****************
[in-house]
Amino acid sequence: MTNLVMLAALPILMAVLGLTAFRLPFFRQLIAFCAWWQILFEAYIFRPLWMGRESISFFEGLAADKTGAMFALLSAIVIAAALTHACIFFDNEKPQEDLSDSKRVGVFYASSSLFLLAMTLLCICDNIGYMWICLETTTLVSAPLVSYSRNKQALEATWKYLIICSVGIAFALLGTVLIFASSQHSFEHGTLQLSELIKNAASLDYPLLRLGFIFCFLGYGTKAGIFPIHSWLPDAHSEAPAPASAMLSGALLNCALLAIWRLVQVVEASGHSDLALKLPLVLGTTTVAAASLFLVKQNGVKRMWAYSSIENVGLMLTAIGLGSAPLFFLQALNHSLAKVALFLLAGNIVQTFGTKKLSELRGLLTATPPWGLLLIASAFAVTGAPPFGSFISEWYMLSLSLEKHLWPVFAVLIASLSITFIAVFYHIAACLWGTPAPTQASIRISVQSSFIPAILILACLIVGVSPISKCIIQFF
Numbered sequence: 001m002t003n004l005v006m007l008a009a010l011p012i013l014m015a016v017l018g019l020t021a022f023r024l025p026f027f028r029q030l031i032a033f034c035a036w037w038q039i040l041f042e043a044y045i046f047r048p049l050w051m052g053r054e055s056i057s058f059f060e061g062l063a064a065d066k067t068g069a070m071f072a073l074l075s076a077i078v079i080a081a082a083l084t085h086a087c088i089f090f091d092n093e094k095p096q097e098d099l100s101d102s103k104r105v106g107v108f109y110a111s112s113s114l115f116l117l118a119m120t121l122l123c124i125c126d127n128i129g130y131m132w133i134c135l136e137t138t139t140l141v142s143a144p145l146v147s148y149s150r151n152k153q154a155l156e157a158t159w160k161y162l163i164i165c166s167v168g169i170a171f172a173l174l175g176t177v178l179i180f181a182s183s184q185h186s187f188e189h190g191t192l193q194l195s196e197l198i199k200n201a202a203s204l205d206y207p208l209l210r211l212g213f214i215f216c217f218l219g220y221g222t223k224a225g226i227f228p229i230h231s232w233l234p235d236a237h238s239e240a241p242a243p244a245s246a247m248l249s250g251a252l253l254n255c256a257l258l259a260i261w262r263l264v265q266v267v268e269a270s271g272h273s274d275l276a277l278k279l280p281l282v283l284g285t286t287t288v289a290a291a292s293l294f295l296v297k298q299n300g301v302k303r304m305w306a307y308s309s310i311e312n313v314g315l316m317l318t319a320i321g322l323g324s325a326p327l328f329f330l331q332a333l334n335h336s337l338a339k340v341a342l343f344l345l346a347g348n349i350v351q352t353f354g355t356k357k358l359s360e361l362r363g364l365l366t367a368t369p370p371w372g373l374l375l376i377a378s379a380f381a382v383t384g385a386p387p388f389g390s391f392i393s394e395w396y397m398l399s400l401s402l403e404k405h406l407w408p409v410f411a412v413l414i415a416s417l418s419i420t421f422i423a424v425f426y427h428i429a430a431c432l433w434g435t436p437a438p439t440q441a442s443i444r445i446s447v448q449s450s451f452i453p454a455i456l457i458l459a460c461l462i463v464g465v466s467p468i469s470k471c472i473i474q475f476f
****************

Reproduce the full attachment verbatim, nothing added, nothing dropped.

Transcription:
[in-house]
Amino acid sequence: MTNLVMLAALPILMAVLGLTAFRLPFFRQLIAFCAWWQILFEAYIFRPLWMGRESISFFEGLAADKTGAMFALLSAIVIAAALTHACIFFDNEKPQEDLSDSKRVGVFYASSSLFLLAMTLLCICDNIGYMWICLETTTLVSAPLVSYSRNKQALEATWKYLIICSVGIAFALLGTVLIFASSQHSFEHGTLQLSELIKNAASLDYPLLRLGFIFCFLGYGTKAGIFPIHSWLPDAHSEAPAPASAMLSGALLNCALLAIWRLVQVVEASGHSDLALKLPLVLGTTTVAAASLFLVKQNGVKRMWAYSSIENVGLMLTAIGLGSAPLFFLQALNHSLAKVALFLLAGNIVQTFGTKKLSELRGLLTATPPWGLLLIASAFAVTGAPPFGSFISEWYMLSLSLEKHLWPVFAVLIASLSITFIAVFYHIAACLWGTPAPTQASIRISVQSSFIPAILILACLIVGVSPISKCIIQFF
Numbered sequence: 001m002t003n004l005v006m007l008a009a010l011p012i013l014m015a016v017l018g019l020t021a022f023r024l025p026f027f028r029q030l031i032a033f034c035a036w037w038q039i040l041f042e043a044y045i046f047r048p049l050w051m052g053r054e055s056i057s058f059f060e061g062l063a064a065d066k067t068g069a070m071f072a073l074l075s076a077i078v079i080a081a082a083l084t085h086a087c088i089f090f091d092n093e094k095p096q097e098d099l100s101d102s103k104r105v106g107v108f109y110a111s112s113s114l115f116l117l118a119m120t121l122l123c124i125c126d127n128i129g130y131m132w133i134c135l136e137t138t139t140l141v142s143a144p145l146v147s148y149s150r151n152k153q154a155l156e157a158t159w160k161y162l163i164i165c166s167v168g169i170a171f172a173l174l175g176t177v178l179i180f181a182s183s184q185h186s187f188e189h190g191t192l193q194l195s196e197l198i199k200n201a202a203s204l205d206y207p208l209l210r211l212g213f214i215f216c217f218l219g220y221g222t223k224a225g226i227f228p229i230h231s232w233l234p235d236a237h238s239e240a241p242a243p244a245s246a247m248l249s250g251a252l253l254n255c256a257l258l259a260i261w262r263l264v265q266v267v268e269a270s271g272h273s274d275l276a277l278k279l280p281l282v283l284g285t286t287t288v289a290a291a292s293l294f295l296v297k298q299n300g301v302k303r304m305w306a307y308s309s310i311e312n313v314g315l316m317l318t319a320i321g322l323g324s325a326p327l328f329f330l331q332a333l334n335h336s337l338a339k340v341a342l343f344l345l346a347g348n349i350v351q352t353f354g355t356k357k358l359s360e361l362r363g364l365l366t367a368t369p370p371w372g373l374l375l376i377a378s379a380f381a382v383t384g385a386p387p388f389g390s391f392i393s394e395w396y397m398l399s400l401s402l403e404k405h406l407w408p409v410f411a412v413l414i415a416s417l418s419i420t421f422i423a424v425f426y427h428i429a430a431c432l433w434g435t436p437a438p439t440q441a442s443i444r445i446s447v448q449s450s451f452i453p454a455i456l457i458l459a460c461l462i463v464g465v466s467p468i469s470k471c472i473i474q475f476f